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Shanna Daly is an Assistant Professor in Mechanical Engineering at the University of Michigan. She has a B.E. in Chemical Engineering from the University of Dayton (2003) and a Ph.D. in Engineering Education from Purdue University (2008). Her research focuses on strategies for design innovations through divergent and convergent thinking as well as through deep needs and community assessments using design ethnography, and translating those strategies to design tools and education. She teaches design and entrepreneurship courses at the undergraduate and graduate levels, focusing on front-end design processes.

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Abstract

Systems thinking is recognized as a critical skill for engineers tasked with addressing complex problems in contemporary society. Often, engineering definitions of systems thinking foreground the ability to account for relationships between different technical components of a product or process but under-emphasize the ways technical elements of a solution influence and are influenced by contextual and human aspects of a problem, such as the cultural, political, and economic context, required to successfully address a problem. While there has been national attention to the importance of these contextual skills in engineering, these aspects of engineering work have not often been conceptualized as elements of systems thinking. Thus, few empirical studies of systems thinking have included the ways engineers account for contextual influences in solving complex problems. Our team seeks to characterize expertise in what we refer to as comprehensive systems thinking— a holistic approach to problem solving in which linkages and interactions of the immediate work with constituent parts, the larger sociocultural context, and potential impacts over time are identified and incorporated into decision making. Promoting comprehensive systems thinking that draws on both technical and contextual competencies can serve to ensure engineering solutions better meet the needs of stakeholders and of communities in which the solutions are implemented. In addition, emphasizing the value of contextual aspects of systems thinking as a core engineering skill may help to broaden participation in engineering, as research suggests socially-grounded engineering work attracts a more diverse pool of engineers.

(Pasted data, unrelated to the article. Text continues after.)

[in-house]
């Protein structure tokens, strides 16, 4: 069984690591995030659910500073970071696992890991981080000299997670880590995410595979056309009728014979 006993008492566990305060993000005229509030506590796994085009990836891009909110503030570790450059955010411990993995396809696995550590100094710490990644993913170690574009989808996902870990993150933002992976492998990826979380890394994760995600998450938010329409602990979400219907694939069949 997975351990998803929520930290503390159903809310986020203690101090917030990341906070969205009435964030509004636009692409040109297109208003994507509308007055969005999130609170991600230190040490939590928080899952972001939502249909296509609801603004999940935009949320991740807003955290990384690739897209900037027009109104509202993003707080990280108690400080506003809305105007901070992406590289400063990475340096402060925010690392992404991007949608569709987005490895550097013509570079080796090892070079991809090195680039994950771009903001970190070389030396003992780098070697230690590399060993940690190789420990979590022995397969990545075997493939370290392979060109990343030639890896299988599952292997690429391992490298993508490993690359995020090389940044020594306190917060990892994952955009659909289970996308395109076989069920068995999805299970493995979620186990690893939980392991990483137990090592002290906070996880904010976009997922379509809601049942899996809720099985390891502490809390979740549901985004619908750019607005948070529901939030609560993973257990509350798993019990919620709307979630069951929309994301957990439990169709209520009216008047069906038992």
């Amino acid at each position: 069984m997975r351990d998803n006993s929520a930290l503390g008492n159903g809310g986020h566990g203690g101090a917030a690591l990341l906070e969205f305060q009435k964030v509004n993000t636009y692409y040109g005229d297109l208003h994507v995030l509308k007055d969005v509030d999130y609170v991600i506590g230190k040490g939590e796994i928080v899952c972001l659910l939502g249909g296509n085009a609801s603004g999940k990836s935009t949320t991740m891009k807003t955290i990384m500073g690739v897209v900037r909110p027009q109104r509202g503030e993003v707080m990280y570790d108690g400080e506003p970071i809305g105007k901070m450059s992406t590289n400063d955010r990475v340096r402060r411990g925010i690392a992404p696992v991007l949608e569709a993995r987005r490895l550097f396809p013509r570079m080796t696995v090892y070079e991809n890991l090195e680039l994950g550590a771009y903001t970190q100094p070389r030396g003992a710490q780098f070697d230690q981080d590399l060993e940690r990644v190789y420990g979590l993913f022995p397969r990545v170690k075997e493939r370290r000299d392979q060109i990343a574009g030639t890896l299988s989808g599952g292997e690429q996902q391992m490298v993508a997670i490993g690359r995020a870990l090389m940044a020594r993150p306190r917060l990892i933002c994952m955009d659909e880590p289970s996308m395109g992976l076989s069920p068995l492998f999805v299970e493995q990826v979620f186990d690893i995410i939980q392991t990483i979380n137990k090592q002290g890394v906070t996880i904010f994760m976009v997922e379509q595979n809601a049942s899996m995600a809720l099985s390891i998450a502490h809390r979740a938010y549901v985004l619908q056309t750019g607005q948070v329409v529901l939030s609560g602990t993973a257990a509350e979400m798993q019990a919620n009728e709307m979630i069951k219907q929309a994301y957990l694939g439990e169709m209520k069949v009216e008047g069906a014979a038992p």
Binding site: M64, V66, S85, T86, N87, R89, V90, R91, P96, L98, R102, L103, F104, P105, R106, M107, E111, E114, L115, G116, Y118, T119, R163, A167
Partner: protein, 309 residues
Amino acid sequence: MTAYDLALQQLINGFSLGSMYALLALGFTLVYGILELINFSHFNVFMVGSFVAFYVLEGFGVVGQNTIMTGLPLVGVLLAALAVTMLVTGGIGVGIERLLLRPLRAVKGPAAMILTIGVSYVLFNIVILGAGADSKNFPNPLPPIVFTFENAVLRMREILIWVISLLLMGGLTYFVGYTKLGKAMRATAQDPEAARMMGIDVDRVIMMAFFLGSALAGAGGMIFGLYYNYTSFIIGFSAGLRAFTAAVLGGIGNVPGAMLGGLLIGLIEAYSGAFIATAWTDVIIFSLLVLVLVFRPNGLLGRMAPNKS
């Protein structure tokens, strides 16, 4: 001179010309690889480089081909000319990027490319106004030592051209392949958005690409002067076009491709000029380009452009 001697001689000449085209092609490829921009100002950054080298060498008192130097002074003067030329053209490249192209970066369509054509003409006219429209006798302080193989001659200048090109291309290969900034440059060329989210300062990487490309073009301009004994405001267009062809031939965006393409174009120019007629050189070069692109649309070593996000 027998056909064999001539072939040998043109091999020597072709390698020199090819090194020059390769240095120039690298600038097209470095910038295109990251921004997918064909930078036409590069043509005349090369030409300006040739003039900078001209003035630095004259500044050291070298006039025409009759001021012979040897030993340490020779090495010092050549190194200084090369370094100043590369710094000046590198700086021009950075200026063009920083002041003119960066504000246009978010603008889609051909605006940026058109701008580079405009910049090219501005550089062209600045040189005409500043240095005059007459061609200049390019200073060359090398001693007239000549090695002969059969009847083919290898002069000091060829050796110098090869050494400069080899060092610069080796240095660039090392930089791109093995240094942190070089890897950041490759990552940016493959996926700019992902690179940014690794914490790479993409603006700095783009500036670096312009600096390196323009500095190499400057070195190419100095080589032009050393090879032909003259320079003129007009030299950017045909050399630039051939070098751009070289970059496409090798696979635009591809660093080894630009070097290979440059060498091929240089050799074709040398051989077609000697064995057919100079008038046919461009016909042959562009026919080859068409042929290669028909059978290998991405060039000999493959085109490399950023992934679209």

Our paper presents some preliminary results related to an inductively-derived classification of comprehensive systems thinking expertise. We describe four cases from our data that represent the ways engineering students and professionals varyingly account for interrelationships between technical and contextual factors in approaching a complex problem. These four were selected from the 46 interviews we conducted with engineers from a range of engineering fields and levels of educational and professional experience, from undergraduate freshmen to professional engineers with 20+ years in industry. Participants were interviewed about their personal experiences solving a particular complex problem in their field and the ways their educational, professional, and life experiences contribute to their thinking.

Mosyjowski, E. A., & Espinoza von Bischhoffshausen, J., & Lattuca, L. R., & Daly, S. R. (2020, June), Student and Practitioner Approaches to Systems Thinking: Integrating Technical and Contextual Considerations Paper presented at 2020 ASEE Virtual Annual Conference Content Access, Virtual On line . 10.18260/1-2--35219